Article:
A REAL VB .net Equivalent To The C/C++ atoi()

For awhile now I’ve used the following code that I got from here to translate text into integers without too much fuss in Visual BASIC:

Public Function ToInteger(ByVal s As String) As Integer
    Dim i as Integer
    Integer.TryParse(s, i)
    Return i
End Function

It’s pretty straightforward: The TryParse() tests the string and places the numeric value into ‘i’ if valid, else 0. It doesn’t exception like CInt() would, which makes a difference when processing large amounts of data – exceptions take a fair bit of time to process within try/catch blocks (and one would argue even more outside!)

There’s a catch, though: TryParse() is not exactly like C’s atoi(), and the difference is quite irritating since I come from that background. Specifically, if there is any trailing non-numeric data in the string, it fails. And since I like to use this to convert combo or listbox entries, you can imagine how annoying it is to fail on a string like “212 (Temperature of boiling water”)” or similar: Whereas our ToInteger() function would return 0, atoi() would return 212, stopping after the number.

So, time to get a bit more complicated – meet ToInteger() Mark II. It’s in VB, but it shouldn’t be too hard to convert to C#:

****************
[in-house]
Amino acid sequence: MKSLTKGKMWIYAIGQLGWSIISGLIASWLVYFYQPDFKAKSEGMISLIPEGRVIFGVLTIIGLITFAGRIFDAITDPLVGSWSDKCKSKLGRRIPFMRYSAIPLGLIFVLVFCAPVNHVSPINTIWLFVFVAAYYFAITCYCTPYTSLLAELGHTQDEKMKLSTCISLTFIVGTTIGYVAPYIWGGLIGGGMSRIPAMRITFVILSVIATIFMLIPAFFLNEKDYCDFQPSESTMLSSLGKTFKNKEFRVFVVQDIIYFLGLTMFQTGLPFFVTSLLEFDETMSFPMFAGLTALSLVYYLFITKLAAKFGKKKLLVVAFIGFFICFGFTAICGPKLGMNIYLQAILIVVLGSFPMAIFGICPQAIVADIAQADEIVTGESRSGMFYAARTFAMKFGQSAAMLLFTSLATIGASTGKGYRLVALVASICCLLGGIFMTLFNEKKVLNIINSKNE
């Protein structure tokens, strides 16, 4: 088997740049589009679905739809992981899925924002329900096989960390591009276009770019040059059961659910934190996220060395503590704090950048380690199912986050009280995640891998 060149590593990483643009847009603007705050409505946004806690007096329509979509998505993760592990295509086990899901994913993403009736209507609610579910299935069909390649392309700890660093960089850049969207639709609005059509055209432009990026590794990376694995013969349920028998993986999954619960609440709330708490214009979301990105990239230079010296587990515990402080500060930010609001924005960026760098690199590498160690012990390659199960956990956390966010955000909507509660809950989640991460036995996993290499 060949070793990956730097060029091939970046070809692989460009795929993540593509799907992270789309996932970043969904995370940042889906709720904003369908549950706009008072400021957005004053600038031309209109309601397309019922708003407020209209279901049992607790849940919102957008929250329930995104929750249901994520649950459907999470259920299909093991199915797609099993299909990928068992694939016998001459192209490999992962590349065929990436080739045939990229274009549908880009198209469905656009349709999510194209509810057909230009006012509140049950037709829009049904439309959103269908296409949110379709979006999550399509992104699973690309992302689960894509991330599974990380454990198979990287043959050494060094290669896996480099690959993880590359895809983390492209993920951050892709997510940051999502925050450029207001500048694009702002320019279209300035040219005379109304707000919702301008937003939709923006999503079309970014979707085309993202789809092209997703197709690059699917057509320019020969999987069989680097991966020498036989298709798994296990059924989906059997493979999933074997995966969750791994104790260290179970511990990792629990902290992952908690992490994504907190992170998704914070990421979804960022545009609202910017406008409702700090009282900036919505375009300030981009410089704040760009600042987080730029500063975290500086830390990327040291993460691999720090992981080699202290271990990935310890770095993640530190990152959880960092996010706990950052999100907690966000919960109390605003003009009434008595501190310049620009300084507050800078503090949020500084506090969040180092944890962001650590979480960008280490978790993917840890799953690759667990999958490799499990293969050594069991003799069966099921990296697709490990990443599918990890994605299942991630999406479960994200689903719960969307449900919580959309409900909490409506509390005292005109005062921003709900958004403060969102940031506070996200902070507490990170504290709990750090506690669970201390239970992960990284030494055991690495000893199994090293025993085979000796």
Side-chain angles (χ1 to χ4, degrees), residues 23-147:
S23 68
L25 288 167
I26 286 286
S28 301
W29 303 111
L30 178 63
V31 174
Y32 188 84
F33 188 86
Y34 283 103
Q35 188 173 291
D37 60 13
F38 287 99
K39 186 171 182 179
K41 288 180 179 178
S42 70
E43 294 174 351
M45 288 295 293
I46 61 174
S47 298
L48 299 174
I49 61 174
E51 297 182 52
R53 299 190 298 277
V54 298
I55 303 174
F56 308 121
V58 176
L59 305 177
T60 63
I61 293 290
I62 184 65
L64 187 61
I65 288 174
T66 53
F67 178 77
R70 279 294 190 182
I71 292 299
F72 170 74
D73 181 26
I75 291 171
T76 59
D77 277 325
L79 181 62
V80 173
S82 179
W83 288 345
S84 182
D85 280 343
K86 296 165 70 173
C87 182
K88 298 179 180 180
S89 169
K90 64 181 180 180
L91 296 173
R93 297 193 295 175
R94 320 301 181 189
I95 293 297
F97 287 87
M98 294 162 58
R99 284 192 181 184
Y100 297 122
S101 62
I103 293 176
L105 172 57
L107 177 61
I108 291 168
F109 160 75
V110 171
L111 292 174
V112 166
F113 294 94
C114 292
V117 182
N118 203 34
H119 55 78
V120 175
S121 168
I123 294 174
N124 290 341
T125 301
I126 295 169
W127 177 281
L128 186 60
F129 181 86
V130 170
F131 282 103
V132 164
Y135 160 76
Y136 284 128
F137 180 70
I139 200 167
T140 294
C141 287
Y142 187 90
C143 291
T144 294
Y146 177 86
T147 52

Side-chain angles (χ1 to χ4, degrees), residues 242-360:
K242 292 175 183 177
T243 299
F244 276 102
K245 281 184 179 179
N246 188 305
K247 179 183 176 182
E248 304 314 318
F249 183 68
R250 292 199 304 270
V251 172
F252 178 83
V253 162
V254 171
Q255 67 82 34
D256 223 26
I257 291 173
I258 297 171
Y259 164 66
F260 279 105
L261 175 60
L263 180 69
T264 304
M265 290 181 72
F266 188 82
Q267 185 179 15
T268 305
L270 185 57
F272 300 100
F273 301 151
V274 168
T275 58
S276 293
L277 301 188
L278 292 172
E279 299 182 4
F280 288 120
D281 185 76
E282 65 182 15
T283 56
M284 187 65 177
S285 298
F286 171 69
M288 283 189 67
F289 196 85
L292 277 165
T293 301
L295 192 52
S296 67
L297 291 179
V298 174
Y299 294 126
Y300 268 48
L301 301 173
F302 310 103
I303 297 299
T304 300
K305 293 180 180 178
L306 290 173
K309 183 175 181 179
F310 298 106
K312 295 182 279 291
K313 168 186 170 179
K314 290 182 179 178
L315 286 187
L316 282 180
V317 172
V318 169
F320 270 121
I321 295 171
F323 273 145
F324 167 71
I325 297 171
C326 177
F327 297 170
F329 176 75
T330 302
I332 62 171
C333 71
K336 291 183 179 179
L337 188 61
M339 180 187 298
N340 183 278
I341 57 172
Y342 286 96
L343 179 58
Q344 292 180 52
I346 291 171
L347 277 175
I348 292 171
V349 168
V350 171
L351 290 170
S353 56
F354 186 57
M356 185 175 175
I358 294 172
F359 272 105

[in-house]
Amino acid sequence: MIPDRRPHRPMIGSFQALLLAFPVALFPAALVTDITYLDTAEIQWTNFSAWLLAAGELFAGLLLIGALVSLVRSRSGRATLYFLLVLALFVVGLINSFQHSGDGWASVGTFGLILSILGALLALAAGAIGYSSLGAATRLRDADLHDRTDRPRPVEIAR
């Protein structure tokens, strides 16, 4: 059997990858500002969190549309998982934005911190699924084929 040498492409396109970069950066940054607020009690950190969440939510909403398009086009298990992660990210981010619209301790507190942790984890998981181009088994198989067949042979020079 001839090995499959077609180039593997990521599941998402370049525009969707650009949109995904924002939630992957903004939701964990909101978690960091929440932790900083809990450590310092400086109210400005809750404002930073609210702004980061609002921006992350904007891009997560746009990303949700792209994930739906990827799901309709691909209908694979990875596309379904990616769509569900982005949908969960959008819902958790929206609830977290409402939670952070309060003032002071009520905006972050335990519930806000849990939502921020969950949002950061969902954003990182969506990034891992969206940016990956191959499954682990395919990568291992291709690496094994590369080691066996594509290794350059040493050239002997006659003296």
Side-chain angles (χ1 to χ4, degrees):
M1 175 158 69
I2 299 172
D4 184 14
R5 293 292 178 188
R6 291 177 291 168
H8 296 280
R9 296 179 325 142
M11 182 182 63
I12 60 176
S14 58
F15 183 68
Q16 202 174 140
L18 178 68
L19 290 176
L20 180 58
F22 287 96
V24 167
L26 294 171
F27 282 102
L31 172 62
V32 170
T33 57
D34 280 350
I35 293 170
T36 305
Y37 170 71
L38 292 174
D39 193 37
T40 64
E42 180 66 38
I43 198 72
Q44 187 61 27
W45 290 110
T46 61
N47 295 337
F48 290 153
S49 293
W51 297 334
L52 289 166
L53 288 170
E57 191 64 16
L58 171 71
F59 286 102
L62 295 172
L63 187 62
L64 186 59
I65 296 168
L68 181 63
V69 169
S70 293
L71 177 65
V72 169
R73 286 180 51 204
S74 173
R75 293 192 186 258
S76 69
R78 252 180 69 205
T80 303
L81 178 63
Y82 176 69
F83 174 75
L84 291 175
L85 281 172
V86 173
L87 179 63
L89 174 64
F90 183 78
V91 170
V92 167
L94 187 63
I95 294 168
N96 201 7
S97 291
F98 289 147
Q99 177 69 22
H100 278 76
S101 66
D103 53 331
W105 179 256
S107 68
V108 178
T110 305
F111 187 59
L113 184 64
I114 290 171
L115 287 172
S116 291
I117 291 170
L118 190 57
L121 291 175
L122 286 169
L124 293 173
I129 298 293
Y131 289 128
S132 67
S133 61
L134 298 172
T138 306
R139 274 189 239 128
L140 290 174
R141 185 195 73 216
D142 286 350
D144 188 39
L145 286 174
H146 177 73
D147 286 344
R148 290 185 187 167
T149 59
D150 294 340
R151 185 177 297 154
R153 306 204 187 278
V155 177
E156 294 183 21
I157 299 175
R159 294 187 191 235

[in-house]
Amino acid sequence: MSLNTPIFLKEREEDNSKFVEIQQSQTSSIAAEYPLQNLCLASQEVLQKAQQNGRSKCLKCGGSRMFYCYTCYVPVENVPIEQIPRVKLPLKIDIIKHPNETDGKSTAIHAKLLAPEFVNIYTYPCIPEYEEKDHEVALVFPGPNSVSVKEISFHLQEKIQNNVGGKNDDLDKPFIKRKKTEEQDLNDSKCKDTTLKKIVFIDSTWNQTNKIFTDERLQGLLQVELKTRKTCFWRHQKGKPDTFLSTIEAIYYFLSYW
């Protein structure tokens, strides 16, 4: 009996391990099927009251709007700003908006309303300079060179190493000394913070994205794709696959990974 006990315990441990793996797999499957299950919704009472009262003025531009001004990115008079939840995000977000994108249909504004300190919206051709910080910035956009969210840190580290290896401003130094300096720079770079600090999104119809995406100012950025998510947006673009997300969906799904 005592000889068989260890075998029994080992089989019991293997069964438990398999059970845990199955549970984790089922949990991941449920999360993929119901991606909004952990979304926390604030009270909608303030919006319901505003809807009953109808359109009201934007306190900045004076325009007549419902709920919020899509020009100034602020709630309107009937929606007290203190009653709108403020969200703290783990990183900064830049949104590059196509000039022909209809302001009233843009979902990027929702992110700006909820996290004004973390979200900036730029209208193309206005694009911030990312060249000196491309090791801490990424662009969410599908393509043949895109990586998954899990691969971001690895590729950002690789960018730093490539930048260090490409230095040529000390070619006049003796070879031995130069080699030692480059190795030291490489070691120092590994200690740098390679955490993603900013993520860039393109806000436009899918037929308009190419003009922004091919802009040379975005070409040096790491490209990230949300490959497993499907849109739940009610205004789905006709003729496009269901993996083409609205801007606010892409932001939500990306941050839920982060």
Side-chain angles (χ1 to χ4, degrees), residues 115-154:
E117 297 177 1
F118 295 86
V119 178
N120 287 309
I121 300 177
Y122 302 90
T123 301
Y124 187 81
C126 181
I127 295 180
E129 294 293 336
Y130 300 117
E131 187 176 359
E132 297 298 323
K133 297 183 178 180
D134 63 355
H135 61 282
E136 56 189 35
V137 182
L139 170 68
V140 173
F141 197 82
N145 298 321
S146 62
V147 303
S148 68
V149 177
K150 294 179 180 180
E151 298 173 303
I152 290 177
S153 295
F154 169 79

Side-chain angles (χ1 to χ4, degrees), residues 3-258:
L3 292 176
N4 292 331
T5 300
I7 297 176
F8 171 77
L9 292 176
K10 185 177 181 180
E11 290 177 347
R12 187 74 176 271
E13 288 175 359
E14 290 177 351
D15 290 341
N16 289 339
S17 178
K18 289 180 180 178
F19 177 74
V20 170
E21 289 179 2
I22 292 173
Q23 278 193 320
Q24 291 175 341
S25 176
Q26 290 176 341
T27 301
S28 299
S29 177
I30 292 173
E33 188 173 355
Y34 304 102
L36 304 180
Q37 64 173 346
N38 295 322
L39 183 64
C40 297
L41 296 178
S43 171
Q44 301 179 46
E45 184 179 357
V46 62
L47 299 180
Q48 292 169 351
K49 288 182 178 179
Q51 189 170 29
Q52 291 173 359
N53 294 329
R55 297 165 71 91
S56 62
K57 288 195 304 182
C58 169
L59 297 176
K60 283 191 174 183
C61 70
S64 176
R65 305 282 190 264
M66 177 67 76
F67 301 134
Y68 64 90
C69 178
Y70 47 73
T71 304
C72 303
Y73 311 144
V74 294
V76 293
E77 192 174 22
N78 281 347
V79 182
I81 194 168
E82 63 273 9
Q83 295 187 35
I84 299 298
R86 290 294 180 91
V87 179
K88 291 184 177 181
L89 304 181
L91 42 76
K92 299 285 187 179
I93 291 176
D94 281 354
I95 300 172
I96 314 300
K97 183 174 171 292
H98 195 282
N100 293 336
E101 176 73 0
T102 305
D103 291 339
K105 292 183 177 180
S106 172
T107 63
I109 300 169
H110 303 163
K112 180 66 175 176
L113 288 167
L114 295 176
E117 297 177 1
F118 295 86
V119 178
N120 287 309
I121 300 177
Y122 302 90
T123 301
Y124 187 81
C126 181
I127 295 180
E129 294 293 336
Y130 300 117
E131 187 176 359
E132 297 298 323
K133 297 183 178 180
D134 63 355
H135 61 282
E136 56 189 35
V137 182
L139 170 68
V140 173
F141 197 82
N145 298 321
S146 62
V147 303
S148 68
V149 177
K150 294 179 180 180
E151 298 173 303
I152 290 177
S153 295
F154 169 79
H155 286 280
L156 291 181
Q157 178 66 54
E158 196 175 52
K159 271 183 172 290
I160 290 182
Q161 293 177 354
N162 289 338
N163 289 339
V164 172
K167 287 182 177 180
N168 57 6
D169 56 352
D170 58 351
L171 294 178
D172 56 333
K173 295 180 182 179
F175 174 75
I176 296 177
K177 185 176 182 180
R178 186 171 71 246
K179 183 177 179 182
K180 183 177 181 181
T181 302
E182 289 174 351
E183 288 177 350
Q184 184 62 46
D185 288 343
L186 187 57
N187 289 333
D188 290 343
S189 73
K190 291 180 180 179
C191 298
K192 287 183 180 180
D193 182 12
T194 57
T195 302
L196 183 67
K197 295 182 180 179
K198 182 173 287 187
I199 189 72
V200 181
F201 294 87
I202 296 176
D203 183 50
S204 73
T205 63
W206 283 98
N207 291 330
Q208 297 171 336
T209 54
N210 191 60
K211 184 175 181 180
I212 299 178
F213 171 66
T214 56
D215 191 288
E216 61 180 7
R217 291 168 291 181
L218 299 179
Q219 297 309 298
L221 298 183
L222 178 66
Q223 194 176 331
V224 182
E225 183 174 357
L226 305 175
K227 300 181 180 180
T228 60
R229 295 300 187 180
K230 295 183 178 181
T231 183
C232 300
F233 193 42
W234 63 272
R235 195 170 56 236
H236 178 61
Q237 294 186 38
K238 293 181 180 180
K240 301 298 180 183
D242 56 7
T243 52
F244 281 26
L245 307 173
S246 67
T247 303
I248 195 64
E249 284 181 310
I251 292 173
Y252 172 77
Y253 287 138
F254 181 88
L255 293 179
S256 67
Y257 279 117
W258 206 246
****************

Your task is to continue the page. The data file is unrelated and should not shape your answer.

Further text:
Public Function ToInteger(ByVal s As String, Optional ByVal result As Integer = 0) As Integer
        Dim i As Integer = 0
        Dim valid As Boolean = False
        Const Asc_0 As Integer = Asc("0"c)
        For Each c As Char In s.TrimStart
            If (c < "0"c OrElse c > "9"c) Then
                Exit For
            End If
            valid = True
            i = i * 10 + (Asc(c) - Asc_0)
        If (valid) Then
            Return i
        End If
        Return result
    End Function

This version takes in the string, processing digits until they end, then stops with that value, so text following it is ignored. As well, you can (optionally) specify a default value other than 0, useful if you need to know if the input is invalid (no digits input at the string’s start). And despite being longer, it actually timed 25% FASTER than the previous routine – go figure.


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